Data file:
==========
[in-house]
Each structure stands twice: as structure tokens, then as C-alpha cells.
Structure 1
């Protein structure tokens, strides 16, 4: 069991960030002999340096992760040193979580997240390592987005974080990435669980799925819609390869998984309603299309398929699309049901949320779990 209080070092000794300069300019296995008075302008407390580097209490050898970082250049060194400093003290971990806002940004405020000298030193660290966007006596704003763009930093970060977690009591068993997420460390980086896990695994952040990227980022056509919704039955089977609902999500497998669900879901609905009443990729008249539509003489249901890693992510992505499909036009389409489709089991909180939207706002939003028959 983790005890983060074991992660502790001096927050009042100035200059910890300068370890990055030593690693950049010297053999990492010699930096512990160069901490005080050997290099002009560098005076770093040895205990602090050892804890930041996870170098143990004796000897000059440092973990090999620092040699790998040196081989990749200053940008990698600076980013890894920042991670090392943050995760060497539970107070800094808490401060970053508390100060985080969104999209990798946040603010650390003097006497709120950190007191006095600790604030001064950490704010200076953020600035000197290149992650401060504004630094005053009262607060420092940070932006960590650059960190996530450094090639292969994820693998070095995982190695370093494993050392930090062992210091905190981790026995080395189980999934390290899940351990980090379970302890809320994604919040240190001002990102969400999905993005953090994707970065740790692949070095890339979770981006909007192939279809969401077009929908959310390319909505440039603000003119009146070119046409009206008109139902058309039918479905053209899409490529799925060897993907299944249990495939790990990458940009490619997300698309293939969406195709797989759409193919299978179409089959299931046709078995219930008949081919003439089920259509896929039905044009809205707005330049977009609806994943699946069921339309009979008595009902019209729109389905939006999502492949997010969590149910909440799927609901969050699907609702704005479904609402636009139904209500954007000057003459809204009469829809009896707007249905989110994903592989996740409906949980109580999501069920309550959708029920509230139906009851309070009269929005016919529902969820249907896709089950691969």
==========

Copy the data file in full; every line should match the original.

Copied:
[in-house]
Each structure stands twice: as structure tokens, then as C-alpha cells.
Structure 1
């Protein structure tokens, strides 16, 4: 069991960030002999340096992760040193979580997240390592987005974080990435669980799925819609390869998984309603299309398929699309049901949320779990 209080070092000794300069300019296995008075302008407390580097209490050898970082250049060194400093003290971990806002940004405020000298030193660290966007006596704003763009930093970060977690009591068993997420460390980086896990695994952040990227980022056509919704039955089977609902999500497998669900879901609905009443990729008249539509003489249901890693992510992505499909036009389409489709089991909180939207706002939003028959 983790005890983060074991992660502790001096927050009042100035200059910890300068370890990055030593690693950049010297053999990492010699930096512990160069901490005080050997290099002009560098005076770093040895205990602090050892804890930041996870170098143990004796000897000059440092973990090999620092040699790998040196081989990749200053940008990698600076980013890894920042991670090392943050995760060497539970107070800094808490401060970053508390100060985080969104999209990798946040603010650390003097006497709120950190007191006095600790604030001064950490704010200076953020600035000197290149992650401060504004630094005053009262607060420092940070932006960590650059960190996530450094090639292969994820693998070095995982190695370093494993050392930090062992210091905190981790026995080395189980999934390290899940351990980090379970302890809320994604919040240190001002990102969400999905993005953090994707970065740790692949070095890339979770981006909007192939279809969401077009929908959310390319909505440039603000003119009146070119046409009206008109139902058309039918479905053209899409490529799925060897993907299944249990495939790990990458940009490619997300698309293939969406195709797989759409193919299978179409089959299931046709078995219930008949081919003439089920259509896929039905044009809205707005330049977009609806994943699946069921339309009979008595009902019209729109389905939006999502492949997010969590149910909440799927609901969050699907609702704005479904609402636009139904209500954007000057003459809204009469829809009896707007249905989110994903592989996740409906949980109580999501069920309550959708029920509230139906009851309070009269929005016919529902969820249907896709089950691969």